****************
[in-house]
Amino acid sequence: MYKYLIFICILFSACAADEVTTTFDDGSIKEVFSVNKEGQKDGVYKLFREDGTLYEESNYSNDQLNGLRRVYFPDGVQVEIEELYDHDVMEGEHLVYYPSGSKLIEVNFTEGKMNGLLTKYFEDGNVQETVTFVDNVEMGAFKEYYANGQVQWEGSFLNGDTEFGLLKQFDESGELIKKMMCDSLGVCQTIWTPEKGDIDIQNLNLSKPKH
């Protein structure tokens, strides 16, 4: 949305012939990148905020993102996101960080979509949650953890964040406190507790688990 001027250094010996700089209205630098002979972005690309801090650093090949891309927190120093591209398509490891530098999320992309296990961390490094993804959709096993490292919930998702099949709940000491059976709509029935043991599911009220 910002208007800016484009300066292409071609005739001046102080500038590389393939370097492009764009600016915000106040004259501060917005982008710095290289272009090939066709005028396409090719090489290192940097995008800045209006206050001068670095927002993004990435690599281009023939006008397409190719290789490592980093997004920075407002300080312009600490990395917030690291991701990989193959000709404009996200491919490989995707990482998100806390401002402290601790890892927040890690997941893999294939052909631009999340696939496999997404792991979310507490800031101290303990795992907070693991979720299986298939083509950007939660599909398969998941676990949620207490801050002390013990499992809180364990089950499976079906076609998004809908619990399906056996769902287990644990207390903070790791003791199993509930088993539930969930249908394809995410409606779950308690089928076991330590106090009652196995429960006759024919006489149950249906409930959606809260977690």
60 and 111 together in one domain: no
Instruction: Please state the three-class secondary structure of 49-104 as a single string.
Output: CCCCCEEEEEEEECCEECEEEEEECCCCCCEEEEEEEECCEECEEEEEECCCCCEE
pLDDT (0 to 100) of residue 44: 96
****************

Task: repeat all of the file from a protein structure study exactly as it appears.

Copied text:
[in-house]
Amino acid sequence: MYKYLIFICILFSACAADEVTTTFDDGSIKEVFSVNKEGQKDGVYKLFREDGTLYEESNYSNDQLNGLRRVYFPDGVQVEIEELYDHDVMEGEHLVYYPSGSKLIEVNFTEGKMNGLLTKYFEDGNVQETVTFVDNVEMGAFKEYYANGQVQWEGSFLNGDTEFGLLKQFDESGELIKKMMCDSLGVCQTIWTPEKGDIDIQNLNLSKPKH
């Protein structure tokens, strides 16, 4: 949305012939990148905020993102996101960080979509949650953890964040406190507790688990 001027250094010996700089209205630098002979972005690309801090650093090949891309927190120093591209398509490891530098999320992309296990961390490094993804959709096993490292919930998702099949709940000491059976709509029935043991599911009220 910002208007800016484009300066292409071609005739001046102080500038590389393939370097492009764009600016915000106040004259501060917005982008710095290289272009090939066709005028396409090719090489290192940097995008800045209006206050001068670095927002993004990435690599281009023939006008397409190719290789490592980093997004920075407002300080312009600490990395917030690291991701990989193959000709404009996200491919490989995707990482998100806390401002402290601790890892927040890690997941893999294939052909631009999340696939496999997404792991979310507490800031101290303990795992907070693991979720299986298939083509950007939660599909398969998941676990949620207490801050002390013990499992809180364990089950499976079906076609998004809908619990399906056996769902287990644990207390903070790791003791199993509930088993539930969930249908394809995410409606779950308690089928076991330590106090009652196995429960006759024919006489149950249906409930959606809260977690």
60 and 111 together in one domain: no
Instruction: Please state the three-class secondary structure of 49-104 as a single string.
Output: CCCCCEEEEEEEECCEECEEEEEECCCCCCEEEEEEEECCEECEEEEEECCCCCEE
pLDDT (0 to 100) of residue 44: 96